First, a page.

Bonds’ ‘flaxseed oil’ defense just might work
Barry Bonds sat at the defense table Thursday surrounded by a handful of lawyers. It may turn out to be small consolation indeed, but sticking to that cockamamie story he told a grand jury in San Francisco some five years ago has at the very least guaranteed him a heck of a legal bill.
The feds have been out to nail Bonds just about every day since, dropping nearly 300 pages of exhibits in U.S. District Judge Susan Illston’s lap to support their contention the disgraced former slugger lied when he said he never knowingly took steroids.
Any sensible person knew Bonds was lying the day his testimony was leaked to the press. So for all the time that’s passed and all the legal wrangling that lies ahead, it’s worth remembering exactly what Bonds told the grand jury in December 2003: that he didn’t know what was in those exotic cocktails that his longtime pal and personal trainer, Greg Anderson, mixed up for him, that he rarely asked about the ingredients and never remembered the names, and couldn’t pronounce several even if someone had bothered to spell them out.
Never mind that Bonds was layering on muscle like Popeye after downing a can of spinach or that his hat size was swelling to the size of Mr. Met’s.
“I thought it was flaxseed oil,” is what Bonds said back then. Crazy as it sounds, that defense might just work.
What prosecutors have collected in the intervening years are drug tests, conversations, calendars and witnesses to implicate Bonds. Illston made no final ruling on how much of that evidence would be admissible at trial, but said she was inclined to exclude three positive drug tests from 2000-2001 and some documents, including a doping calendar, seized from Anderson’s home.
Important as those pieces are to the government’s case, the judge said she wanted direct testimony linking the test results and a doping calendar to Bonds.
The only person who can provide that is Anderson.
Considering he’s already gone to jail for a year after refusing to talk to the grand jury about Bonds there’s every reason to think Anderson — as his attorney, Mark Geragos indicated — is prepared to do so one more time on March 2, when Bonds’ trial is scheduled to begin.
Illston said she might allow the jury to hear a taped conversation in which Anderson discusses steroid use with another member of Bonds’ inner circle. But as far as the jury hearing Anderson’s voice during the trial, that will likely be it.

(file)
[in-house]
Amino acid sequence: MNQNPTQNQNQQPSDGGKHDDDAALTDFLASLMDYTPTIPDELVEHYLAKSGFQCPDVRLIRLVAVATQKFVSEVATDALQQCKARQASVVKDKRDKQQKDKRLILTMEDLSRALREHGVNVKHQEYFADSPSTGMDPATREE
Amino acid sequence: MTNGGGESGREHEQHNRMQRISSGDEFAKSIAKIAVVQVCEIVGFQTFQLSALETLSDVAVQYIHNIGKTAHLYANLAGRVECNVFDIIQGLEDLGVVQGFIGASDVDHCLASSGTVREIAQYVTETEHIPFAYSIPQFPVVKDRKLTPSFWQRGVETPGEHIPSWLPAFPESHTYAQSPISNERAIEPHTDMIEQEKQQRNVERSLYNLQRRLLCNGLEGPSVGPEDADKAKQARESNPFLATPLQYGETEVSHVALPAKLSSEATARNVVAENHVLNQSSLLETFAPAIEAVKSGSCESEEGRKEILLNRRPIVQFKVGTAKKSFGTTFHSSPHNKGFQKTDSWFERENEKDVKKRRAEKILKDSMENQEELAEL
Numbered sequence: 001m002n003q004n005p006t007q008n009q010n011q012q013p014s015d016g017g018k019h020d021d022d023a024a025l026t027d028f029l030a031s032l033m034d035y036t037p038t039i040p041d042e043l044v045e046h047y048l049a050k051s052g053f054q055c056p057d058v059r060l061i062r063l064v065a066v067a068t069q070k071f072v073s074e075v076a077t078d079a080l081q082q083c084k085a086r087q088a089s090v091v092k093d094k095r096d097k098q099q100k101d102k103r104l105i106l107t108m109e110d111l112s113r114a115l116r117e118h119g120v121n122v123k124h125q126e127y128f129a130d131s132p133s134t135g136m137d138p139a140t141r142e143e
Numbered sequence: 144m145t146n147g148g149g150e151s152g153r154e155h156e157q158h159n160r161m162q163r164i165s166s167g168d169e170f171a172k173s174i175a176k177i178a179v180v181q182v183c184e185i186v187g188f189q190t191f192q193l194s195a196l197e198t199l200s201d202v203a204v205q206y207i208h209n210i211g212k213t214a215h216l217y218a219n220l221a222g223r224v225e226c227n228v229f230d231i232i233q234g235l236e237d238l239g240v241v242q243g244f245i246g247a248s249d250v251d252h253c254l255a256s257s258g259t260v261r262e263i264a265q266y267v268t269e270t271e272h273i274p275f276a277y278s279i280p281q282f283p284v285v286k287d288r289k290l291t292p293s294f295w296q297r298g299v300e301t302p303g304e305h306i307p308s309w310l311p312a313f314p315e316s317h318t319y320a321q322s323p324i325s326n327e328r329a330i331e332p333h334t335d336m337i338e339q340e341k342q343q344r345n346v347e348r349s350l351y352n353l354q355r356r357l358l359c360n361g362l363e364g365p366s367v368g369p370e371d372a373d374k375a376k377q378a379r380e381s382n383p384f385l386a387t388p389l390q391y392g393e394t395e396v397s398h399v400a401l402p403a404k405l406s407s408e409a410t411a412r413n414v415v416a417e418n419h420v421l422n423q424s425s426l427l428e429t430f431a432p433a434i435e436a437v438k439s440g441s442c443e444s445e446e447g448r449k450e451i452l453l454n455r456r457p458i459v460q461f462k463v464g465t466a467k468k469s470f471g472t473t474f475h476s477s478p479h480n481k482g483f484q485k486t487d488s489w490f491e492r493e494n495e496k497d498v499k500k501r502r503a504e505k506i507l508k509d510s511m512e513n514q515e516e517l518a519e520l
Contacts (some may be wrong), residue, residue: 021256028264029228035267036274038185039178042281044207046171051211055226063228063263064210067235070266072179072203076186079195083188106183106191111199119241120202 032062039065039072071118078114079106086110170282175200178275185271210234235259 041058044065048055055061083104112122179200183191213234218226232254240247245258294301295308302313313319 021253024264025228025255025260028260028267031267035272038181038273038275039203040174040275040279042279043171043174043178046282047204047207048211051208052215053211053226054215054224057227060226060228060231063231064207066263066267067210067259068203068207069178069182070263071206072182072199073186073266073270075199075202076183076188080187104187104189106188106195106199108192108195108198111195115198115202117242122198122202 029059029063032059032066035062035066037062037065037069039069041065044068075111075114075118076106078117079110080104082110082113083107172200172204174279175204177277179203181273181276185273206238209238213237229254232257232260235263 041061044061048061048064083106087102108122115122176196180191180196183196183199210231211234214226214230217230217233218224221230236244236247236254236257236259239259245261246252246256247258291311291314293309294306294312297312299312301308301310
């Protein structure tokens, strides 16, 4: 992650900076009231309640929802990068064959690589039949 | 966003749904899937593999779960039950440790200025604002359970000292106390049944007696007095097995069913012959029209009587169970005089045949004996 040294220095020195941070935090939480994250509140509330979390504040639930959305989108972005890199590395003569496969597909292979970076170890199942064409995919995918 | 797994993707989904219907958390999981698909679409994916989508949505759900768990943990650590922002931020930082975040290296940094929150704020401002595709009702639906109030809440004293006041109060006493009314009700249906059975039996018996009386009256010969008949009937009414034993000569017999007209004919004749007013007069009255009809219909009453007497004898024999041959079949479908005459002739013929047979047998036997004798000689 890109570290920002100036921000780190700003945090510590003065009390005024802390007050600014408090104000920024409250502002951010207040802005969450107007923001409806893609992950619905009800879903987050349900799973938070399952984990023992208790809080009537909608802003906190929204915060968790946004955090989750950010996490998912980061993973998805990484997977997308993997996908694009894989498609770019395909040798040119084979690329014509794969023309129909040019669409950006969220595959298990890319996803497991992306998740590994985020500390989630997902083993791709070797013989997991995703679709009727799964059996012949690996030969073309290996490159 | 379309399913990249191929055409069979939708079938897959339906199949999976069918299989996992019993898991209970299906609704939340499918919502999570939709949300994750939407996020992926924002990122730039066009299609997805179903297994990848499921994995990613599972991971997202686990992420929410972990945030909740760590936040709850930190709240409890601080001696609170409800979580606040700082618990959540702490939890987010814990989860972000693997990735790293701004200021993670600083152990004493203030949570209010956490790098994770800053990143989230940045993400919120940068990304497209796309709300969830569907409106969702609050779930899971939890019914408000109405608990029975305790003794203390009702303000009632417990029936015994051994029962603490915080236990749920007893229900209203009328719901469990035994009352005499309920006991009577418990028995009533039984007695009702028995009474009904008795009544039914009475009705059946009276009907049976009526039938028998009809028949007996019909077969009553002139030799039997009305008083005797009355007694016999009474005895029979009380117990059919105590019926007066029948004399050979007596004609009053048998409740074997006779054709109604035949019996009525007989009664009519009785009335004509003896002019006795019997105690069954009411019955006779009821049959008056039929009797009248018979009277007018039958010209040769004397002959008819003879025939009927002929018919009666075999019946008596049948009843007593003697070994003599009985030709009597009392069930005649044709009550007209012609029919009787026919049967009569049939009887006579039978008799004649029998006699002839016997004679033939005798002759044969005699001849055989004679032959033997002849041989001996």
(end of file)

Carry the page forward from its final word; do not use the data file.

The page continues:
It seems fair to ask at this point what has really changed. For all the time and expense invested going after Bonds, it’s back to the he-said, he-said dispute that characterized baseball discussions throughout the supersized era. Pitchers and catchers don’t report until next week, but all the headlines the game is generating — between Bonds getting ready for trial and Roger Clemens wondering whether he should — are peppered with the word “steroids.”
Throw in the millions that major league baseball spent to come with the Mitchell Report, and it looks like Bonds is the only person in this whole mess who got some bang for his buck. He extended his career a few seasons longer than logic suggests he could, collected more paychecks than he deserved and thanks to a legal team that hasn’t shown any signs of slowing down, Bonds is still walking around a free man,
That could change, of course. Government prosecutors may yet be able to put into evidence a few of the exhibits that Illston looked unfavorably on, and there’s a long list of former players — Jason and Jeremy Giambi, as well as former Bonds’ teammates Bobby Estalella, Benito Santiago and Marvin Benard — prepared to testify about their relationship with Anderson and how it reflects on Bonds.
Illston also could allow testimony from others close to the slugger, including a former girlfriend, about the physical and emotional side effects associated with the use of performance-enhancing drugs. But whether those will directly tie Bonds to actual use of the drugs is no clearer than it was the day he walked into the grand jury room.
A smart man once said a jury is nothing more than 12 people chosen at random to decide which side has the better lawyer. Judging by the way this case started out, you’ve got to like Bonds’ odds.